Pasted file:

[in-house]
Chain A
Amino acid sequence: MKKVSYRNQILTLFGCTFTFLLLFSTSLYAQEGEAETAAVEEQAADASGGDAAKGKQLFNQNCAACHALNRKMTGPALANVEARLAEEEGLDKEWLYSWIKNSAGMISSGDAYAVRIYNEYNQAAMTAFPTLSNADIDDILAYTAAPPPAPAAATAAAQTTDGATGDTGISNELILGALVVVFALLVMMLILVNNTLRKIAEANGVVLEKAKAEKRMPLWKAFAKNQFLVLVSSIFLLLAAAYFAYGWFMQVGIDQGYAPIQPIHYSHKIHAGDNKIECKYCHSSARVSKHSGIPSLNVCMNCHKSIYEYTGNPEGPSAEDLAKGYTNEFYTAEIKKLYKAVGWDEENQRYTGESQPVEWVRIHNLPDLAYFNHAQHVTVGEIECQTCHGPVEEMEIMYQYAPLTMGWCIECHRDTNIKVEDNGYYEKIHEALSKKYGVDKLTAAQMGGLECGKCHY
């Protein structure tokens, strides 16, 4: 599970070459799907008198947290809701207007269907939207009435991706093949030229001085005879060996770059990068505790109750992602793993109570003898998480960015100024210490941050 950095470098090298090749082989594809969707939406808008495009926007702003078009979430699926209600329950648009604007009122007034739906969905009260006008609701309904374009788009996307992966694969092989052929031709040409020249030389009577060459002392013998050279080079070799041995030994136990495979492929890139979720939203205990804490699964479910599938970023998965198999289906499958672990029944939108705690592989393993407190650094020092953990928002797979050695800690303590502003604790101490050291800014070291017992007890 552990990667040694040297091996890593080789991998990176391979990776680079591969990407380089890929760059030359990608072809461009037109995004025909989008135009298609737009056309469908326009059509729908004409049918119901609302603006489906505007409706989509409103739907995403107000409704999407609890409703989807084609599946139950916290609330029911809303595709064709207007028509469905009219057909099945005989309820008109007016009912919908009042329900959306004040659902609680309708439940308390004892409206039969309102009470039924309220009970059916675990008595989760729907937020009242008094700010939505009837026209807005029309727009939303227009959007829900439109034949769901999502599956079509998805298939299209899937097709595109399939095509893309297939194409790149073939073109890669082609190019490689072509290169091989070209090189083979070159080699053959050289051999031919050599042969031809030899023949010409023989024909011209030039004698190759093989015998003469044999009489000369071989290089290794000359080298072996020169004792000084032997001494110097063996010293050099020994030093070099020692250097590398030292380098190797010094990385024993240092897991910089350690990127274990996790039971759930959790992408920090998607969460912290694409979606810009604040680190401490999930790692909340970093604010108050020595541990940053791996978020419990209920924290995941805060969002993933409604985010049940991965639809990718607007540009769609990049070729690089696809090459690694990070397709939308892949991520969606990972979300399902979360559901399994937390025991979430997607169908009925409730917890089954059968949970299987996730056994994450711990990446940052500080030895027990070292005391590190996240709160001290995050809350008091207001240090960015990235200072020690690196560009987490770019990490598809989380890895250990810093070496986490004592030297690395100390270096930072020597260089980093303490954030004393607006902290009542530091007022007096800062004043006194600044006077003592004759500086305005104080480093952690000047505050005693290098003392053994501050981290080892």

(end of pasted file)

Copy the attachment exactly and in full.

[in-house]
Chain A
Amino acid sequence: MKKVSYRNQILTLFGCTFTFLLLFSTSLYAQEGEAETAAVEEQAADASGGDAAKGKQLFNQNCAACHALNRKMTGPALANVEARLAEEEGLDKEWLYSWIKNSAGMISSGDAYAVRIYNEYNQAAMTAFPTLSNADIDDILAYTAAPPPAPAAATAAAQTTDGATGDTGISNELILGALVVVFALLVMMLILVNNTLRKIAEANGVVLEKAKAEKRMPLWKAFAKNQFLVLVSSIFLLLAAAYFAYGWFMQVGIDQGYAPIQPIHYSHKIHAGDNKIECKYCHSSARVSKHSGIPSLNVCMNCHKSIYEYTGNPEGPSAEDLAKGYTNEFYTAEIKKLYKAVGWDEENQRYTGESQPVEWVRIHNLPDLAYFNHAQHVTVGEIECQTCHGPVEEMEIMYQYAPLTMGWCIECHRDTNIKVEDNGYYEKIHEALSKKYGVDKLTAAQMGGLECGKCHY
């Protein structure tokens, strides 16, 4: 599970070459799907008198947290809701207007269907939207009435991706093949030229001085005879060996770059990068505790109750992602793993109570003898998480960015100024210490941050 950095470098090298090749082989594809969707939406808008495009926007702003078009979430699926209600329950648009604007009122007034739906969905009260006008609701309904374009788009996307992966694969092989052929031709040409020249030389009577060459002392013998050279080079070799041995030994136990495979492929890139979720939203205990804490699964479910599938970023998965198999289906499958672990029944939108705690592989393993407190650094020092953990928002797979050695800690303590502003604790101490050291800014070291017992007890 552990990667040694040297091996890593080789991998990176391979990776680079591969990407380089890929760059030359990608072809461009037109995004025909989008135009298609737009056309469908326009059509729908004409049918119901609302603006489906505007409706989509409103739907995403107000409704999407609890409703989807084609599946139950916290609330029911809303595709064709207007028509469905009219057909099945005989309820008109007016009912919908009042329900959306004040659902609680309708439940308390004892409206039969309102009470039924309220009970059916675990008595989760729907937020009242008094700010939505009837026209807005029309727009939303227009959007829900439109034949769901999502599956079509998805298939299209899937097709595109399939095509893309297939194409790149073939073109890669082609190019490689072509290169091989070209090189083979070159080699053959050289051999031919050599042969031809030899023949010409023989024909011209030039004698190759093989015998003469044999009489000369071989290089290794000359080298072996020169004792000084032997001494110097063996010293050099020994030093070099020692250097590398030292380098190797010094990385024993240092897991910089350690990127274990996790039971759930959790992408920090998607969460912290694409979606810009604040680190401490999930790692909340970093604010108050020595541990940053791996978020419990209920924290995941805060969002993933409604985010049940991965639809990718607007540009769609990049070729690089696809090459690694990070397709939308892949991520969606990972979300399902979360559901399994937390025991979430997607169908009925409730917890089954059968949970299987996730056994994450711990990446940052500080030895027990070292005391590190996240709160001290995050809350008091207001240090960015990235200072020690690196560009987490770019990490598809989380890895250990810093070496986490004592030297690395100390270096930072020597260089980093303490954030004393607006902290009542530091007022007096800062004043006194600044006077003592004759500086305005104080480093952690000047505050005693290098003392053994501050981290080892």